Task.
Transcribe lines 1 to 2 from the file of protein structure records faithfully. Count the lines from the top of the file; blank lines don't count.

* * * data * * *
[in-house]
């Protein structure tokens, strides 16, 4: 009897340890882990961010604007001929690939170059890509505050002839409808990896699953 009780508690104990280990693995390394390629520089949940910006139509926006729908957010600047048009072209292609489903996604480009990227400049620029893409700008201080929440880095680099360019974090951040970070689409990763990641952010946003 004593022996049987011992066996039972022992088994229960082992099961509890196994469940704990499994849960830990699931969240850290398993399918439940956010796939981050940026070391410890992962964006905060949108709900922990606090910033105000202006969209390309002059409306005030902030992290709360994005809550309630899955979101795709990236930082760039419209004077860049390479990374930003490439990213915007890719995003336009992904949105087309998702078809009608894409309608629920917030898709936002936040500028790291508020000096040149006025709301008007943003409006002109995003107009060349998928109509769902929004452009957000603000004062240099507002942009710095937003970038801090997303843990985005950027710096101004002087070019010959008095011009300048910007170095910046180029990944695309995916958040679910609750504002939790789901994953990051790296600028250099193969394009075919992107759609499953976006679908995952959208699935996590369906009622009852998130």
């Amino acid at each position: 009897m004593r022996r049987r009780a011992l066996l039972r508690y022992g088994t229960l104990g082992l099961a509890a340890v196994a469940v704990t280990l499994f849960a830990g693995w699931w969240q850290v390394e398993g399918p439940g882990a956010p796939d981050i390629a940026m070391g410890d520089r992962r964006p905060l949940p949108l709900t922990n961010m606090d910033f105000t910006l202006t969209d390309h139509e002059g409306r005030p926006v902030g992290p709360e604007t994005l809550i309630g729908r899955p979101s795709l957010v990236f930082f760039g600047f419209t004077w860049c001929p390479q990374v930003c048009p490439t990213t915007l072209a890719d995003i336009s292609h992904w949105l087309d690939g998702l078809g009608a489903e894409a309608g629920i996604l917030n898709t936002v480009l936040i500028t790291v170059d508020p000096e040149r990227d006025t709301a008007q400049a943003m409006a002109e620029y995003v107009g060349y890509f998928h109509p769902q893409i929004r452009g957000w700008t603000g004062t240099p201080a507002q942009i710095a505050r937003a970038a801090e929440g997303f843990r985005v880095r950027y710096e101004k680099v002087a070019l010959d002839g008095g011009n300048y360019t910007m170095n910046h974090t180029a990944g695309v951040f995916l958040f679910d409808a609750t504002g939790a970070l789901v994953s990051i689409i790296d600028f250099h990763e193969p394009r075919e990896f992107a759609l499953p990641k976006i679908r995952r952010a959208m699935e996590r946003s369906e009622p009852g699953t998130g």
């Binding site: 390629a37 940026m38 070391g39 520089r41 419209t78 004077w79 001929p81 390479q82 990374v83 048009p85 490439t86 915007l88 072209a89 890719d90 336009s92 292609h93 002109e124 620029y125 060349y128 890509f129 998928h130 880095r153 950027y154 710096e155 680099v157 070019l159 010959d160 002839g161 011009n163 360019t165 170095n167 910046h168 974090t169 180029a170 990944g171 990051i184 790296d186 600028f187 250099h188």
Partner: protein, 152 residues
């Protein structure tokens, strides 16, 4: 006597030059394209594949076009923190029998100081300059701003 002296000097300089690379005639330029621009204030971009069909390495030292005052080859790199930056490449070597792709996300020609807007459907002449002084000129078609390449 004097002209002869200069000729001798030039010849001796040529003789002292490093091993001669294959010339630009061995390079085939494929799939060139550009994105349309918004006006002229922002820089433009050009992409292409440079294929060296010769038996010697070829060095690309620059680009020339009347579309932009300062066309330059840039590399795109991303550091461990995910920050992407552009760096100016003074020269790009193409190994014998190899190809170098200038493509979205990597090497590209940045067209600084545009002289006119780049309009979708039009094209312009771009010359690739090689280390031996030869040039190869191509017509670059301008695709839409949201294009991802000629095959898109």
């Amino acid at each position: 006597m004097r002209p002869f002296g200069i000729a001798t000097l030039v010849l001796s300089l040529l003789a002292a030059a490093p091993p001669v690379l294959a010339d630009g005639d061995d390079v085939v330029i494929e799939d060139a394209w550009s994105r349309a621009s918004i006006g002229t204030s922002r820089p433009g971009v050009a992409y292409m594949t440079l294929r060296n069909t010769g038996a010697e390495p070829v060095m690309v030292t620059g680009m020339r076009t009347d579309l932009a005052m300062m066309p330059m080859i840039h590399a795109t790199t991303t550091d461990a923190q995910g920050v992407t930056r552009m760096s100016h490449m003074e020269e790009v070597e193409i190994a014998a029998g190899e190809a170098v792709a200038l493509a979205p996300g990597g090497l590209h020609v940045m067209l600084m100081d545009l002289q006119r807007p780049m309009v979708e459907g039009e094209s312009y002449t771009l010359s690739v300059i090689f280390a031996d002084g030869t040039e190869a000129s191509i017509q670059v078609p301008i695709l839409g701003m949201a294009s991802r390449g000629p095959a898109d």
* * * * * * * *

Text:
[in-house]
């Protein structure tokens, strides 16, 4: 009897340890882990961010604007001929690939170059890509505050002839409808990896699953 009780508690104990280990693995390394390629520089949940910006139509926006729908957010600047048009072209292609489903996604480009990227400049620029893409700008201080929440880095680099360019974090951040970070689409990763990641952010946003 004593022996049987011992066996039972022992088994229960082992099961509890196994469940704990499994849960830990699931969240850290398993399918439940956010796939981050940026070391410890992962964006905060949108709900922990606090910033105000202006969209390309002059409306005030902030992290709360994005809550309630899955979101795709990236930082760039419209004077860049390479990374930003490439990213915007890719995003336009992904949105087309998702078809009608894409309608629920917030898709936002936040500028790291508020000096040149006025709301008007943003409006002109995003107009060349998928109509769902929004452009957000603000004062240099507002942009710095937003970038801090997303843990985005950027710096101004002087070019010959008095011009300048910007170095910046180029990944695309995916958040679910609750504002939790789901994953990051790296600028250099193969394009075919992107759609499953976006679908995952959208699935996590369906009622009852998130």